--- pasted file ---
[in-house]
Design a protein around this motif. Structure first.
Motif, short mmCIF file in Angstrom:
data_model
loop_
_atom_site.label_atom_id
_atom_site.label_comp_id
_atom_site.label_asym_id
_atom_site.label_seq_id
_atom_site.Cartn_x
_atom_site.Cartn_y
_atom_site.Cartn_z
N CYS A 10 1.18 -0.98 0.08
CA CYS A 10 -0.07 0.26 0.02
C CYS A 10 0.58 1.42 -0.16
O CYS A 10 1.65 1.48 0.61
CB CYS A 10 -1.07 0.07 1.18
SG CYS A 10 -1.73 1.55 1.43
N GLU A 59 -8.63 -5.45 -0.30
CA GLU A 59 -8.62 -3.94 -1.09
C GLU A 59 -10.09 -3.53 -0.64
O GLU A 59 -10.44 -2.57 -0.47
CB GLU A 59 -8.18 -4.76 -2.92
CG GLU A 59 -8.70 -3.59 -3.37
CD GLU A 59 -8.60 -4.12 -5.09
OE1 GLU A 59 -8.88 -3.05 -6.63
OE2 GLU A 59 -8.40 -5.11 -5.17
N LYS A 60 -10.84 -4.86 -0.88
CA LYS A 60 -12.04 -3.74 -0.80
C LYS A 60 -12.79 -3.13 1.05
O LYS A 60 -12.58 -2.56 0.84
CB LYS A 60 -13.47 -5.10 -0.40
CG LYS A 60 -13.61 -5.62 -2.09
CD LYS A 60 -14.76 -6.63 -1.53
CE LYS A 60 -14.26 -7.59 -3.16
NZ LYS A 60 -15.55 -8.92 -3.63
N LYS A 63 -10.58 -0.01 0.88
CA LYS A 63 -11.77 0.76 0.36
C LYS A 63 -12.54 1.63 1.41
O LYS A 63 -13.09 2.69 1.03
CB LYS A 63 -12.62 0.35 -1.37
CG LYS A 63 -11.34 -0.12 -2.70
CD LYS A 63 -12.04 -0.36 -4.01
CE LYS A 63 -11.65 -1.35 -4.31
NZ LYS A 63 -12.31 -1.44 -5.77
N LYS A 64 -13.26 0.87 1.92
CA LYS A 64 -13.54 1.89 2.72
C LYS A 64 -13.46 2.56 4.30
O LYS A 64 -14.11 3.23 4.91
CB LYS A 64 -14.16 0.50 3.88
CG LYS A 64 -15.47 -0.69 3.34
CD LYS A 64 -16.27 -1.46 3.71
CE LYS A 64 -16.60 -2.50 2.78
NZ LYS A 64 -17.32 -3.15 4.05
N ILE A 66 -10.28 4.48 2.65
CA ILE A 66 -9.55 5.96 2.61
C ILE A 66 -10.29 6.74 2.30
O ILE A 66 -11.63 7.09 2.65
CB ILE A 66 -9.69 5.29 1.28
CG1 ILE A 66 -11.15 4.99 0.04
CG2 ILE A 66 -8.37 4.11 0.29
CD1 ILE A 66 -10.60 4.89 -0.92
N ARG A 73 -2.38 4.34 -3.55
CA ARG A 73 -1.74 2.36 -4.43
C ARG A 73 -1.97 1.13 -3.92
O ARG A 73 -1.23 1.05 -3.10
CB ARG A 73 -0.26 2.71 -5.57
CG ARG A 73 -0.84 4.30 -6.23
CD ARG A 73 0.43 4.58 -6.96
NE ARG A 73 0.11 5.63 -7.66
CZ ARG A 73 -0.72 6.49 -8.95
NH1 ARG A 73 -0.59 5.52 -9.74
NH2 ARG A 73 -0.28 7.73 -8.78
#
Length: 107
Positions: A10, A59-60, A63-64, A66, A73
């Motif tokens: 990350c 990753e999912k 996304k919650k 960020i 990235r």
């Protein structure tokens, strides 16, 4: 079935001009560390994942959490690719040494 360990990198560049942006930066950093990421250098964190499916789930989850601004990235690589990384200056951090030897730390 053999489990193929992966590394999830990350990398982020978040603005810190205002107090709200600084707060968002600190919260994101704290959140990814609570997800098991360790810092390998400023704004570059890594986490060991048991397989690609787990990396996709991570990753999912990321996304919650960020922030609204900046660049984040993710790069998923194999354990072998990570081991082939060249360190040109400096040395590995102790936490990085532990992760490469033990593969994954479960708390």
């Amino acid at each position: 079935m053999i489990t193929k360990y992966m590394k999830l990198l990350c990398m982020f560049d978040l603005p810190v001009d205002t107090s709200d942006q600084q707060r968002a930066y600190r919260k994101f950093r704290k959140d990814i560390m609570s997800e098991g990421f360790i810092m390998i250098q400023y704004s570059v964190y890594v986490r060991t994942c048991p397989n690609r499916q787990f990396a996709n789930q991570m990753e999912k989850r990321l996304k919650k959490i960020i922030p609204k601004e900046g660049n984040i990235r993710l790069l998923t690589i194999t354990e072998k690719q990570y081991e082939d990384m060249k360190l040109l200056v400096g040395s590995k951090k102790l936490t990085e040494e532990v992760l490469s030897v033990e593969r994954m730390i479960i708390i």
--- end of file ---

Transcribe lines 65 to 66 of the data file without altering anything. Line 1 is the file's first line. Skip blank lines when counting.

C ARG A 73 -1.97 1.13 -3.92
O ARG A 73 -1.23 1.05 -3.10